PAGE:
Andrews Outlines NSF's Cyberinfrastructure Plan
"With digital government you have far more potential to have a broader impact on many more people's lives," said Andrews, who was appointed division director for Experimental and Integrative Activities in January, 2003. "Believe me the physicists will speak their minds. But lots of individuals may not be heard."
The cyberinfrastructure initiative, launched this year and expected to last through 2009, is an NSF-wide plan designed to build on the supercomputing capacity innovations of the past, Andrews explained. The 2004 budget request is $20 million.
Just as the supercomputing centers could be compared in their ability to open capacity for new innovations to the generators and transmission wires of the electrical grid, cyberinfrastructure will be the streets, water pipes and sewers of the new scientific research era, he said.
Supercomputing allowed researchers to perform giant calculations they could have performed no other way, including earthquake modeling, human genome mapping and climate modeling, leading to the pervasive e computing environment we find ourselves in today, Andrews said. In the same way, cyberinfrastructure will be "an incredible enabler, beyond what we can envision now, in making science and engineering research topics possible," he added.
Digital government scientists have a unique cross-disciplinary vantage point, enfolding government, industry and research communities, that could point the way to the best use of cyberinfrastructure dollars, Andrews said; but if they are not careful, digital government could be left out in the cold.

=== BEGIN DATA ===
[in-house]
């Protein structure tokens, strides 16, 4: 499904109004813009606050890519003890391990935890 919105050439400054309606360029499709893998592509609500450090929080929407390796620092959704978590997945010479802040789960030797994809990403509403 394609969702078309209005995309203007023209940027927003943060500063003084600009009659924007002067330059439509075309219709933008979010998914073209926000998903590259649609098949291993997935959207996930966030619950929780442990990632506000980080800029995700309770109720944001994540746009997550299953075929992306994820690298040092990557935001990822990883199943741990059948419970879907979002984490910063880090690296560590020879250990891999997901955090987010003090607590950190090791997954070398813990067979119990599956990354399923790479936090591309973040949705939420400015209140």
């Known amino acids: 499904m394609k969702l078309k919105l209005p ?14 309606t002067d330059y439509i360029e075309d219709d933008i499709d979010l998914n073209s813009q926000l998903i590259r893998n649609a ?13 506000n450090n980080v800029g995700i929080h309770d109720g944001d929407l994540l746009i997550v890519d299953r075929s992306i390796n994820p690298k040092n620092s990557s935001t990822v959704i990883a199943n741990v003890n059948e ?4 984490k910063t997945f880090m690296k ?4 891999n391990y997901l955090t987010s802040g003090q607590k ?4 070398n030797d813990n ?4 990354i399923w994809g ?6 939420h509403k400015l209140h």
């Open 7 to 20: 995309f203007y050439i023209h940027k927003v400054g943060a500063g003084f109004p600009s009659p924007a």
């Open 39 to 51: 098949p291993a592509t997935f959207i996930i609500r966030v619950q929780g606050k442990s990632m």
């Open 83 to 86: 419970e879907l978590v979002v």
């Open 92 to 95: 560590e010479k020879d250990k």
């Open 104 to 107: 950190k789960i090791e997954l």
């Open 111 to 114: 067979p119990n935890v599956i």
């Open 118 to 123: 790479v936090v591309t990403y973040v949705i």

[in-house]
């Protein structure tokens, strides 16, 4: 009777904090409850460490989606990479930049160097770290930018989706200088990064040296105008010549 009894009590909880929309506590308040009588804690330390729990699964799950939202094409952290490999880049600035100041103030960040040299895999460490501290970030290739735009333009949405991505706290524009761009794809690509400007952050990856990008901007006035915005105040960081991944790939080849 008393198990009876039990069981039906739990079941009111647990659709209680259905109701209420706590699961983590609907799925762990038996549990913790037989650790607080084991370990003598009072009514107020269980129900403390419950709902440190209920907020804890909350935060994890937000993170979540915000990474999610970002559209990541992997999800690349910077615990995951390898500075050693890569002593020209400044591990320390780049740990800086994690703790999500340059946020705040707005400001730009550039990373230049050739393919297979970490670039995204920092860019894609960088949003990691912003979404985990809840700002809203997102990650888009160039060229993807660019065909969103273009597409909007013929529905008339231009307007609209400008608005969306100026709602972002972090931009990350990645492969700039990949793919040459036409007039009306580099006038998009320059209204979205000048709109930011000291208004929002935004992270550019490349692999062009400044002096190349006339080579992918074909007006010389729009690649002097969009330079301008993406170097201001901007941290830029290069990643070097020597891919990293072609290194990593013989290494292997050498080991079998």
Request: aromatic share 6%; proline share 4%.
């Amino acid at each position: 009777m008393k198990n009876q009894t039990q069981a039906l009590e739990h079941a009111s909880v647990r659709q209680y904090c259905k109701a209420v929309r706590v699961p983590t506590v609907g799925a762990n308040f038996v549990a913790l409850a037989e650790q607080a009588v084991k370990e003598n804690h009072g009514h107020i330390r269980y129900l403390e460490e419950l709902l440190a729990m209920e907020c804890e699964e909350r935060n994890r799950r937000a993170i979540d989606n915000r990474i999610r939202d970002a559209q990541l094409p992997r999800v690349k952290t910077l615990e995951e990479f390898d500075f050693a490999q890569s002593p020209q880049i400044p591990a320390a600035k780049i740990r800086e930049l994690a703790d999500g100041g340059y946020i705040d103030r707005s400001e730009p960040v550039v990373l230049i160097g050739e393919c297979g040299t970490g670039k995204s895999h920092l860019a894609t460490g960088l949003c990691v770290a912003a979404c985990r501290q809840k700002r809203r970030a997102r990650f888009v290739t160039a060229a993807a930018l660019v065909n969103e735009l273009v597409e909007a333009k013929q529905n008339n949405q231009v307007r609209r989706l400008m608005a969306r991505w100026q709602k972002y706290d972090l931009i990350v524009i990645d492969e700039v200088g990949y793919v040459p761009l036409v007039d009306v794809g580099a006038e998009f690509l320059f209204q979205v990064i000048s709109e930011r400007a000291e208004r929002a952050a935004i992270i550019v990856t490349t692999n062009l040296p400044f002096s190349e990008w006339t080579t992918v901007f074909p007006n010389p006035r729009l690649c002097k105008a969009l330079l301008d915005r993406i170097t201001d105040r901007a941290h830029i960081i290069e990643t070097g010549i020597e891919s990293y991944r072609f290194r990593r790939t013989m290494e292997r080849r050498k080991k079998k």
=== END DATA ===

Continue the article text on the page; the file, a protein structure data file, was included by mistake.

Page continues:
"He's asking the group to organize itself and prepare to have influence," said digital government program manager Valerie Gregg. "It's easy to keep the research in the domain sciences."
"It's not just about doing big science," Andrews went on. "We have developed the computational infrastructure and it has given us widespread pervasive computing. People said it was too expensive to put a man on the moon. But remember all the space age products that spun off? We're seeing the same thing here."
Andrews recalled how NSF's Larry Brandt, while program manager at the University of Illinois national center for supercomputing, provided support to a young Mark Andresson. That would be the same Andresson who went on to develop Mosaic, and eventually Netscape Navigator, the seminal web browser.
"Is there another Mosaic story?" Andrews posed. "Through your projects you're engaging so many people ... I'd like to see that uniqueness turned to an advantage."
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